Climate Change and Coronavirus: now and the future

Dr Martin J Hodson

Writing in April 2020 it is difficult to see how Earth Day 2020 on April 22nd will register even a small blip in the media that are now focussed on a global pandemic. Quite rightly, governments have switched all of their focus to dealing with the virus, and the Earth Day focus for 2020 on climate action is unlikely to gain much interest. But in the medium to longer-term, climate change remains a big threat.

Worrying data have continued to come in over the last year concerning climate change. Globally, 2019 was the second warmest in recorded history after 2016. January 2020 was the warmest January on record, and February 2020 was the second warmest February. In 2019 ocean heat content reached another peak. There have been a series of climate change-related weather events over the last year: wildfires in California, the Amazon and Australia; floods in East Africa, India, and the United Kingdom; and the fourth-strongest hurricane season on record in the Atlantic. In many of these cases, scientists were able to attribute at least part of the effects to human-induced climate change.

Throughout 2019 and the early part of 2020 it looked like climate change was finally getting some traction as an issue with the general public. The school climate strikes, led by Swedish teenage activist, Greta Thunberg, were having a huge impact. Groups like Extinction Rebellion courted controversy, but undoubtedly heightened interest in the environment.

Politicians in many parts of the world began to take notice. On May 1st 2019 the United Kingdom government declared an environment and climate emergency. Other governments followed in the same year, including Ireland (May 9th), Canada (June 17th), Argentina (July 17th) and Bangladesh (November 13th). On November 28th the European Union, representing 27 states, declared a climate emergency. Oxford Dictionaries made “climate emergency” their Word of the Year in November 2019.

At the beginning of 2020, there was considerable optimism that governments might begin to take real actions to curb carbon emissions. Many eyes were focussed on the United Nations climate change meeting scheduled for November 2020 in Glasgow, Scotland (COP26). That would be five years on from the Paris Agreement, and governments were busy submitting their revised plans for carbon emissions cuts.

But there was a cloud on the horizon, coronavirus disease 2019 (Covid-19). Starting in Wuhan, China, at first it looked like it might be contained there. It was undoubtedly a serious disease, and the lockdown there caused a 25% reduction in Chinese carbon emissions. In February 2020 the disease was spreading, with Italy and Iran being particularly badly affected. In March 2020 the outbreak became a pandemic with many countries now badly affected including France, Spain, the United Kingdom and the United States. The China lockdown seemed to work, and by early April even restrictions in Wuhan were being relieved. Chinese carbon emissions rapidly returned to their pre-lockdown levels.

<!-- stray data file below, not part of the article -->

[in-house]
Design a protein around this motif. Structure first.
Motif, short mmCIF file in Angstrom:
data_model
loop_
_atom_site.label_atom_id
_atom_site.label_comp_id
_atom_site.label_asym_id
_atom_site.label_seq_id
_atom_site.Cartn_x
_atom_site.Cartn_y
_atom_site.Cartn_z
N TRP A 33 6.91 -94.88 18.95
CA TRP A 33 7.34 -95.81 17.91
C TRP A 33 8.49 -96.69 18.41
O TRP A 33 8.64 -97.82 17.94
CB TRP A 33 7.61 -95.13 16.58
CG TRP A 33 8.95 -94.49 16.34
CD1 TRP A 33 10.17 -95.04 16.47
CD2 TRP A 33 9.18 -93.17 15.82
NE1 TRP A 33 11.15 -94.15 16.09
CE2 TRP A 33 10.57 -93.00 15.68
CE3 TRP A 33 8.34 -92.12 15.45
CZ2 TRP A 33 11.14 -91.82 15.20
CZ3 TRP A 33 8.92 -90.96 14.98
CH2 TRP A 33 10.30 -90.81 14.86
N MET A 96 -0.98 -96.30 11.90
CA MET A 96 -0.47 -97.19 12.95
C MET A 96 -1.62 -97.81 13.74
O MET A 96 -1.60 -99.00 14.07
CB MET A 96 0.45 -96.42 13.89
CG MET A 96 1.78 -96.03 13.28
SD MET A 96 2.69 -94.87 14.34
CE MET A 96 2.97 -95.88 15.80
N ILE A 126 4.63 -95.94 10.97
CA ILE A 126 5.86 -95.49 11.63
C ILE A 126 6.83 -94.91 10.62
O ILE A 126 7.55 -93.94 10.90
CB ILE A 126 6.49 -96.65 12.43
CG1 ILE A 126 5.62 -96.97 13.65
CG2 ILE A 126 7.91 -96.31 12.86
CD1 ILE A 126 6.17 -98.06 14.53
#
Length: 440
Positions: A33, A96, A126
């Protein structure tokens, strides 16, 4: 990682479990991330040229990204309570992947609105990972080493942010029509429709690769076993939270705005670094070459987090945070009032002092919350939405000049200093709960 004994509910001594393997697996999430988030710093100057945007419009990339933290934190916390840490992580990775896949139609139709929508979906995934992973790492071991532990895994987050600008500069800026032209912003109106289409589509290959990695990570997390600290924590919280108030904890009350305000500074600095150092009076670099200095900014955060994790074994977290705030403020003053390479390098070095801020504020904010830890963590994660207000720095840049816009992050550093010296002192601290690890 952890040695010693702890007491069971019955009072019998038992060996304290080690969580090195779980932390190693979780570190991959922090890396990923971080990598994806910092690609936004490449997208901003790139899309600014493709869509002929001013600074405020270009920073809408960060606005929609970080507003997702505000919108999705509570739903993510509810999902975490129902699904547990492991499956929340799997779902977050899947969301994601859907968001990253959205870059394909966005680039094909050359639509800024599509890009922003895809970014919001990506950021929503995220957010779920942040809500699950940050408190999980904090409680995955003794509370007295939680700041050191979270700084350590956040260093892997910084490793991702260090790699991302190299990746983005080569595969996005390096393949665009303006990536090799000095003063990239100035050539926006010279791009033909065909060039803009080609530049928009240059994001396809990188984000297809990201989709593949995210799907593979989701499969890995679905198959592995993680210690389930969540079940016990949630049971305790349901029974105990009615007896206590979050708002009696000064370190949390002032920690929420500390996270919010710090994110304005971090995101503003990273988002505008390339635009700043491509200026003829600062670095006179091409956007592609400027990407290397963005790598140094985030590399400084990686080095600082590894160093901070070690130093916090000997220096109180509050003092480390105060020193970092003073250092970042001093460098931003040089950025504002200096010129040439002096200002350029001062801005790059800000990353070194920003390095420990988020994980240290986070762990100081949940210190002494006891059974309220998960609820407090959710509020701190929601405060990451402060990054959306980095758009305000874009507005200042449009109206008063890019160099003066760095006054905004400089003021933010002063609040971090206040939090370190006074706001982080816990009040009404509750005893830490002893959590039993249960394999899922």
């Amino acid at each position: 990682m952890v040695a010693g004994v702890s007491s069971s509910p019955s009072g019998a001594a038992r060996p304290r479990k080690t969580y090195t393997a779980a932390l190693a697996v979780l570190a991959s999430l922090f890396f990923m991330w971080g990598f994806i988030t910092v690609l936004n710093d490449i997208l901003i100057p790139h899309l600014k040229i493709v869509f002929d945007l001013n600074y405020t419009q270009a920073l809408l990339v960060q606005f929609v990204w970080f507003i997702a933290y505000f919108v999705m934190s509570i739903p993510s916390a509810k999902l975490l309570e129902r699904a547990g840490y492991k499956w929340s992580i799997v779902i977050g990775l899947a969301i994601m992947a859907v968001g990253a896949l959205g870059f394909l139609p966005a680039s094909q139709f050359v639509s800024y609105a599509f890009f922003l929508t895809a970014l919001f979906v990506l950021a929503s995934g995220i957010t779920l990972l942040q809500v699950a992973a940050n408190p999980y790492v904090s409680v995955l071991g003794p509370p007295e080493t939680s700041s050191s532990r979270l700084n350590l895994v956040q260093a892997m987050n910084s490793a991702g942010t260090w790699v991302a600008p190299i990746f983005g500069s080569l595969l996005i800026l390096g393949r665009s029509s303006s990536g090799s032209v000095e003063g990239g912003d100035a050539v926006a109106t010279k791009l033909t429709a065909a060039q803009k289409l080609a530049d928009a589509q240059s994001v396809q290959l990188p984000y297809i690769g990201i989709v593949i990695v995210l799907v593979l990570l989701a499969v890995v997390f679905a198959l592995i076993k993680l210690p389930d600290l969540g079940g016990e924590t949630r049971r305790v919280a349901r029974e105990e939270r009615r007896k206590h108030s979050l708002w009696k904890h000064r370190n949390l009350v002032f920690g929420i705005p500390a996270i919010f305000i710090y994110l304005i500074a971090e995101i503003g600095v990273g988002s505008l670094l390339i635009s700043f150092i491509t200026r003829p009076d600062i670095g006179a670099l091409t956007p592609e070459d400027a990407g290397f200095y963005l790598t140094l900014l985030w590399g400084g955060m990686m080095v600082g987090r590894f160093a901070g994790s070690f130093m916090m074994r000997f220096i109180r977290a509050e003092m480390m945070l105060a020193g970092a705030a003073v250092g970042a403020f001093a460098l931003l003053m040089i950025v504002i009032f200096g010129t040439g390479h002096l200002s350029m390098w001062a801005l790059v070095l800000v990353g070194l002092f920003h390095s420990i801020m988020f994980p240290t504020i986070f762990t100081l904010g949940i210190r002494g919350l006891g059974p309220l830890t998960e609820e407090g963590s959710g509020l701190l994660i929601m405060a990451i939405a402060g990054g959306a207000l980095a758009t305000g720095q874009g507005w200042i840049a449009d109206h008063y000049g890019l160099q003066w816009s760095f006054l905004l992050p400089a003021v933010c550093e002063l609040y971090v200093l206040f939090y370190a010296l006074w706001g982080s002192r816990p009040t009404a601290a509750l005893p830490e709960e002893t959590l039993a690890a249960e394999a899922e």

As a result of the pandemic a whole series of sporting, cultural and political events have been cancelled or postponed, including COP26 in Glasgow. At the time of writing, there is no certainty when COP26 will be rescheduled in 2021. The 6th Assessment Report of the Intergovernmental Panel on Climate Change (IPCC), the scientific basis on which action on climate change is taken, was due to start being released in 2021 and to be completed in 2022, but this may also have some delay now.

So where do we stand? Climate change and the environment seem to be largely off the agenda, even in countries which were previously showing some progress. But there is a growing recognition that the pandemic itself is a result of our dreadful treatment of the environment. The virus almost certainly came out of wild animal markets in China where the conditions for the animals were appalling. Some politicians are beginning to make the links and are calling for a “green recovery” after the pandemic.

We simply cannot keep living the way that we have, and if we do then climate change and a host of other environmental problems will make our life on Earth very miserable. But there is a better way. Geoffrey Lean, the veteran environmental journalist, puts it very well, “The economy, as Covid-19 has made painfully clear, is a wholly owned subsidiary of the environment, dependent on healthy systems. And green investment is increasingly recognised as the best route to prosperity.” (Daily Mail, 7 April 2020).

So on Earth Day 2020, spend just a little time looking to the future beyond the pandemic. Think about how we might avoid returning to “business as usual” and how we might help bring about a just and green recovery which benefits both humanity and the rest of God’s wonderful creation.

Dr Martin J. Hodson

JRI Operations Director

This article was commissioned by for Earth Day 2020 on April 22 and is reproduced with their permission.

Image by Alexandra_Koch from Pixabay